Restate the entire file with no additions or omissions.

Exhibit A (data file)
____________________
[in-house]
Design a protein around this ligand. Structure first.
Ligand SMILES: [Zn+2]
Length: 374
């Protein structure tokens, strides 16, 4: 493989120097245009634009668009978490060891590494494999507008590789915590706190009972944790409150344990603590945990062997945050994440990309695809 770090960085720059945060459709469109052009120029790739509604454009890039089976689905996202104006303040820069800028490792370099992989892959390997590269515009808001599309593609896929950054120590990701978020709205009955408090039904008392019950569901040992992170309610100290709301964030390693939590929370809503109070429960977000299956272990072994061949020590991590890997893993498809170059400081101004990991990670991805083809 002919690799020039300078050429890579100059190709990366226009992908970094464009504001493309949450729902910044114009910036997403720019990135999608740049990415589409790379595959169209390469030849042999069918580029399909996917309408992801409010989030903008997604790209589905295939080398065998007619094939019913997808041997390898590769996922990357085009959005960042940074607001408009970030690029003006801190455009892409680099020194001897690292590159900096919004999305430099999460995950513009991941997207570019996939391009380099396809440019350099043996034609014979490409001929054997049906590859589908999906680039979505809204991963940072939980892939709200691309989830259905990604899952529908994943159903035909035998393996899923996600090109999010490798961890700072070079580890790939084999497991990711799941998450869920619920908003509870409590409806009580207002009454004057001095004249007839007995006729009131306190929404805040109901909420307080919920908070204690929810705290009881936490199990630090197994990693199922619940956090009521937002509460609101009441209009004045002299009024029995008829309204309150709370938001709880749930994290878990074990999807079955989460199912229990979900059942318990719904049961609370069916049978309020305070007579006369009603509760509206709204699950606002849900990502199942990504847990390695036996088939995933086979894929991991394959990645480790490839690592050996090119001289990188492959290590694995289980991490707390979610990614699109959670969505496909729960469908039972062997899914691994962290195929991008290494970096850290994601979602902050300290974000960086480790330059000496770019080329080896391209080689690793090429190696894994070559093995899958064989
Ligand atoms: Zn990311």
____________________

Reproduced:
[in-house]
Design a protein around this ligand. Structure first.
Ligand SMILES: [Zn+2]
Length: 374
């Protein structure tokens, strides 16, 4: 493989120097245009634009668009978490060891590494494999507008590789915590706190009972944790409150344990603590945990062997945050994440990309695809 770090960085720059945060459709469109052009120029790739509604454009890039089976689905996202104006303040820069800028490792370099992989892959390997590269515009808001599309593609896929950054120590990701978020709205009955408090039904008392019950569901040992992170309610100290709301964030390693939590929370809503109070429960977000299956272990072994061949020590991590890997893993498809170059400081101004990991990670991805083809 002919690799020039300078050429890579100059190709990366226009992908970094464009504001493309949450729902910044114009910036997403720019990135999608740049990415589409790379595959169209390469030849042999069918580029399909996917309408992801409010989030903008997604790209589905295939080398065998007619094939019913997808041997390898590769996922990357085009959005960042940074607001408009970030690029003006801190455009892409680099020194001897690292590159900096919004999305430099999460995950513009991941997207570019996939391009380099396809440019350099043996034609014979490409001929054997049906590859589908999906680039979505809204991963940072939980892939709200691309989830259905990604899952529908994943159903035909035998393996899923996600090109999010490798961890700072070079580890790939084999497991990711799941998450869920619920908003509870409590409806009580207002009454004057001095004249007839007995006729009131306190929404805040109901909420307080919920908070204690929810705290009881936490199990630090197994990693199922619940956090009521937002509460609101009441209009004045002299009024029995008829309204309150709370938001709880749930994290878990074990999807079955989460199912229990979900059942318990719904049961609370069916049978309020305070007579006369009603509760509206709204699950606002849900990502199942990504847990390695036996088939995933086979894929991991394959990645480790490839690592050996090119001289990188492959290590694995289980991490707390979610990614699109959670969505496909729960469908039972062997899914691994962290195929991008290494970096850290994601979602902050300290974000960086480790330059000496770019080329080896391209080689690793090429190696894994070559093995899958064989
Ligand atoms: Zn990311």